How does a family trust work?

Written by david carnes
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How does a family trust work?
A family trust can help your estate avoid inheritance tax. (Phil Ashley/Lifesize/Getty Images)

A family trust is a legal vehicle allowed in many different countries that allows you to transfer control over some of your assets to an independent party known as a trustee. The trustee then distributes your assets in compliance with the instructions you gave when you originally set up the trust. A family trust can keep your estate assets out of probate when you die, and your estate can avoid inheritance tax.

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A family trust can be created in two different ways: by drafting and signing a trust deed or by including instructions for creating the trust in your will. Either way, you must name the trustee and the beneficiaries and include instructions for the trustee as to how to distribute the trust assets. If the trust is created while you are still alive, you can continue adding assets to it until you die.


A family trust is considered revocable in most jurisdictions unless the trust deed states otherwise. A family trust created by a will is irrevocable, since you cannot revoke it if you are dead. If the trust is revocable, you can revoke it at any time by written notification to the trustee and the beneficiaries. If you want to create an irrevocable family trust using a trust deed, state that the trust is irrevocable in the deed, and transfer all assets to the trust -- establish a "John Doe Trust Fund" bank account, for example, and transfer title to real estate and automobiles to the name of the trust.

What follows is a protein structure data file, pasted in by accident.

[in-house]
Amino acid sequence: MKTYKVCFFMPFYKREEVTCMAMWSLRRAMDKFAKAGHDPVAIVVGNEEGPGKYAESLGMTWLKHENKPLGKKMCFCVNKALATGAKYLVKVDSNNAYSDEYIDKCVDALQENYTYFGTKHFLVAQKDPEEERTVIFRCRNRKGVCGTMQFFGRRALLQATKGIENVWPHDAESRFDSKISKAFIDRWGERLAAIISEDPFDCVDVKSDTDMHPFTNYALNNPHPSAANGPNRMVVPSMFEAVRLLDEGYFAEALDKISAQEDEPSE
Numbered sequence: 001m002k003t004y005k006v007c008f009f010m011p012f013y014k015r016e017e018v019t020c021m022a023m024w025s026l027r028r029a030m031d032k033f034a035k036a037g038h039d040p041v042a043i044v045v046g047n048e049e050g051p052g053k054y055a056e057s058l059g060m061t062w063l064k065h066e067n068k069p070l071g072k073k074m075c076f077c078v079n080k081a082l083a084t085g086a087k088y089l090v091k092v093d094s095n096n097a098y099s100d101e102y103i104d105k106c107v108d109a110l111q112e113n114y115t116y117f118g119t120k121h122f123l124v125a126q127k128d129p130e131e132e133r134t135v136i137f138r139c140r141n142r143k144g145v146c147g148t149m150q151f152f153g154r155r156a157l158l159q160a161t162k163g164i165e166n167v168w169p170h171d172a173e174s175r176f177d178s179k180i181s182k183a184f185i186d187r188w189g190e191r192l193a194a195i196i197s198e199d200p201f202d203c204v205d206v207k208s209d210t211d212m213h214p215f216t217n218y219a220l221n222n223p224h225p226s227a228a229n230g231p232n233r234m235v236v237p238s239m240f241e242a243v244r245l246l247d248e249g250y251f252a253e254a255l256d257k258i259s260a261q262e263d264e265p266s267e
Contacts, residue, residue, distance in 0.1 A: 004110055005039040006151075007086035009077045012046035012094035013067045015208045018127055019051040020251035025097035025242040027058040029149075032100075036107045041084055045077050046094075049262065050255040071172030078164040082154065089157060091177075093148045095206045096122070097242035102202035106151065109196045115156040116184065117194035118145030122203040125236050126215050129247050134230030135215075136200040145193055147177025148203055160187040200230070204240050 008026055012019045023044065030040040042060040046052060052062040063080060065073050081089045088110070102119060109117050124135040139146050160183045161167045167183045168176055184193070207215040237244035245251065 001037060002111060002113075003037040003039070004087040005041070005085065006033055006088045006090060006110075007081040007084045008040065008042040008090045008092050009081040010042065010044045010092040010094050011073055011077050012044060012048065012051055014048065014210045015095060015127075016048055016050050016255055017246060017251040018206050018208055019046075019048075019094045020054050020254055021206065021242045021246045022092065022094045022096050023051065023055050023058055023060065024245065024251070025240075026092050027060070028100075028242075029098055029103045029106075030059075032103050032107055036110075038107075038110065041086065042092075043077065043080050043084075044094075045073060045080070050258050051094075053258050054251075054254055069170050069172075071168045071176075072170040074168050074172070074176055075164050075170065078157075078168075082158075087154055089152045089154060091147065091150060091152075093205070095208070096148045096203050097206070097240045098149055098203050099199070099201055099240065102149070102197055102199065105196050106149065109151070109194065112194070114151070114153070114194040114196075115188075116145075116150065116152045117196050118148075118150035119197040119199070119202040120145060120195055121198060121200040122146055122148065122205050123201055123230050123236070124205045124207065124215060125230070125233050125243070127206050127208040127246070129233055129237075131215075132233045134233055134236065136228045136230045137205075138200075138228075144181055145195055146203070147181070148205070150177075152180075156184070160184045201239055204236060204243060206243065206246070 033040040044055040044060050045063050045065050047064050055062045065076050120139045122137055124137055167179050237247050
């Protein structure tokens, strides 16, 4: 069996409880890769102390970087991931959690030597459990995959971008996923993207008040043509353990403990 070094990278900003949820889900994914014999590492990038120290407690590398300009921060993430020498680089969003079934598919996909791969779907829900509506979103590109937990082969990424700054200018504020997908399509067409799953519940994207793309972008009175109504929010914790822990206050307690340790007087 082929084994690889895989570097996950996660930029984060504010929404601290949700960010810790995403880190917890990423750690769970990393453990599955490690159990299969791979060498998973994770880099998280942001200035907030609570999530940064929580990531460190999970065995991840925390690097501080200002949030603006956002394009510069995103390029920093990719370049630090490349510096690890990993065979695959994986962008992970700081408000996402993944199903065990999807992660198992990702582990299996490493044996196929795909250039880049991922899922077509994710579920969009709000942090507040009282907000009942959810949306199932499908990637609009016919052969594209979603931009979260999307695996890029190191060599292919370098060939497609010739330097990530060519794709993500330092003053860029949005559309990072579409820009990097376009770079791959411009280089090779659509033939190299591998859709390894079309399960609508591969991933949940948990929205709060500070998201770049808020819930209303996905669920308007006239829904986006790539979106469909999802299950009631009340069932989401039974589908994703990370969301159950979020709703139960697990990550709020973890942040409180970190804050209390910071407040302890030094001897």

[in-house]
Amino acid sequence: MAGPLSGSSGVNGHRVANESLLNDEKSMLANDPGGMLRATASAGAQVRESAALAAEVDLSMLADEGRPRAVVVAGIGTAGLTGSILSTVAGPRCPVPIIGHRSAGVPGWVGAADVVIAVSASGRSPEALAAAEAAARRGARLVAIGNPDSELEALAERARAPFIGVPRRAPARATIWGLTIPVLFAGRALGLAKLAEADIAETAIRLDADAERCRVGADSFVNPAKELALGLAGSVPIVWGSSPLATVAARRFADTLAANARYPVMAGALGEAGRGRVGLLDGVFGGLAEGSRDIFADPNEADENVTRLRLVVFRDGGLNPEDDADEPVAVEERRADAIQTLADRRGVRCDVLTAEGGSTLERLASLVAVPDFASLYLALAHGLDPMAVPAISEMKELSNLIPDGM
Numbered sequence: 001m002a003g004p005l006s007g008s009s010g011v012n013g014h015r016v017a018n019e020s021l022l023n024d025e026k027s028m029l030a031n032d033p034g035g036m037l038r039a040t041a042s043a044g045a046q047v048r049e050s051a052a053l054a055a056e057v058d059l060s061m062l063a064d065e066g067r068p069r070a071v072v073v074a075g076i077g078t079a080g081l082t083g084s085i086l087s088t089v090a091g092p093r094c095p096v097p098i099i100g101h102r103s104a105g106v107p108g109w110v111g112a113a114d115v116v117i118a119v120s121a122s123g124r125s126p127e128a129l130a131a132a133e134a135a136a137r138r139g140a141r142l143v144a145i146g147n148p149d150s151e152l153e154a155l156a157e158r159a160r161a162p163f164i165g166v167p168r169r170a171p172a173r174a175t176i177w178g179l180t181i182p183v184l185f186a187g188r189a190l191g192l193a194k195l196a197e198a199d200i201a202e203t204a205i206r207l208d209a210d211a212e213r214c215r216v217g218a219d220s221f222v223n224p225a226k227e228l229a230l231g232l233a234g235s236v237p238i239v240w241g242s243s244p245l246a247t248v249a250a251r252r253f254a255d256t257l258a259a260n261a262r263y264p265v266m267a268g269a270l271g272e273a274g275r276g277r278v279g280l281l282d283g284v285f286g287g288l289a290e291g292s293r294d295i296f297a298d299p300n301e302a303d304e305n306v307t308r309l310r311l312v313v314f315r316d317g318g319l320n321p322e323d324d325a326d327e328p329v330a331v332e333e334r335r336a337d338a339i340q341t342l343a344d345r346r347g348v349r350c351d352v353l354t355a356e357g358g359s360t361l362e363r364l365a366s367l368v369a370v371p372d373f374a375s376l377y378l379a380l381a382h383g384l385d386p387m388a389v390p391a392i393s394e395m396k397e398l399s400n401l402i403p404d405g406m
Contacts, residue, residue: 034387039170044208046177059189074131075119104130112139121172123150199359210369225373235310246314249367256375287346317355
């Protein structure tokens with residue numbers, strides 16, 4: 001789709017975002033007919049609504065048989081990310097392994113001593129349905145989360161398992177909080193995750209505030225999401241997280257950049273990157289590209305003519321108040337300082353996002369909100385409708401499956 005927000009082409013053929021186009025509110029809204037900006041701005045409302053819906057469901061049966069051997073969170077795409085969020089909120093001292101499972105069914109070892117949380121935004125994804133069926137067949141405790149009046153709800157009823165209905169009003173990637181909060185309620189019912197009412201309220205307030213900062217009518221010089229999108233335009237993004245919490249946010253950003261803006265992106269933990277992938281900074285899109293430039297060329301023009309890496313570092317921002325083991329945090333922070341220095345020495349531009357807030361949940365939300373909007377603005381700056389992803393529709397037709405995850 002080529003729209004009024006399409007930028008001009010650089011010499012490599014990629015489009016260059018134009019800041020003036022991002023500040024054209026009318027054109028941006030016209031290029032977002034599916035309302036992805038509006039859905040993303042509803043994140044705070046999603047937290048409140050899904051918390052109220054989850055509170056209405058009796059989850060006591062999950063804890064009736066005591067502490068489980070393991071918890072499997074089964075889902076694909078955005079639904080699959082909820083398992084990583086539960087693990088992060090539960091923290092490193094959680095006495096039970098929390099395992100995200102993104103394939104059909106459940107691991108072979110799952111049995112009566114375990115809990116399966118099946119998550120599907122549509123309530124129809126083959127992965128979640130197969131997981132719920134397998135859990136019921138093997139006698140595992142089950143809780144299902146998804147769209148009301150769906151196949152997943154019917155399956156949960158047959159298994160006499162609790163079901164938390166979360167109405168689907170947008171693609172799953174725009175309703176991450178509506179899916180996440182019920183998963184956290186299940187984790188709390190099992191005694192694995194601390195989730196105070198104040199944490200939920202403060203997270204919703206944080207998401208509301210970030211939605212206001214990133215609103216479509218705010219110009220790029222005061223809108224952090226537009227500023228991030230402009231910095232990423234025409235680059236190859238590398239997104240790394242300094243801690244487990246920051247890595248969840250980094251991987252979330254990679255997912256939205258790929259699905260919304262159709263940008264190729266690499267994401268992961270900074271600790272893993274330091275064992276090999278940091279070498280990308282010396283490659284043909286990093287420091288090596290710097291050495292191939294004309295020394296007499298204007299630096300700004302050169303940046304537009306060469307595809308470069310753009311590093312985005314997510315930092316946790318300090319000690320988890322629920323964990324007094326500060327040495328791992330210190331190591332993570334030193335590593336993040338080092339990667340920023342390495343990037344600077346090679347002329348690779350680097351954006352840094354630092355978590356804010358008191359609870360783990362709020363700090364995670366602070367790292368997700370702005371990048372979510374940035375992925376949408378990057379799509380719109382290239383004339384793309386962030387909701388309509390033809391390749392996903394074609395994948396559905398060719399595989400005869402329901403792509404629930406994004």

You have great flexibility in distributing trust assets. If it is to be a family trust, your beneficiaries must all be immediate relatives. You can distribute the trust property in lump sum when you die or distribute assets gradually over a period of years. You can keep property permanently in the trust, and assign the income it generates to your beneficiaries -- for example, you might donate money to the trust and assign the interest to your children. You might also grant your trustee the authority to invest trust assets and assign profits to your beneficiaries.

Funding the Trust

You must put property into the trust as soon as it is created, although most jurisdictions do not require a minimum amount. If your trust is established by the terms of your will, it is not created until you die and need not be funded until then. If you prefer, you may donate assets such as your personal residence to the trust, and lease them back by paying the trust a monthly fee (this will allow you to deed away your home but retain the right to live there until you die).

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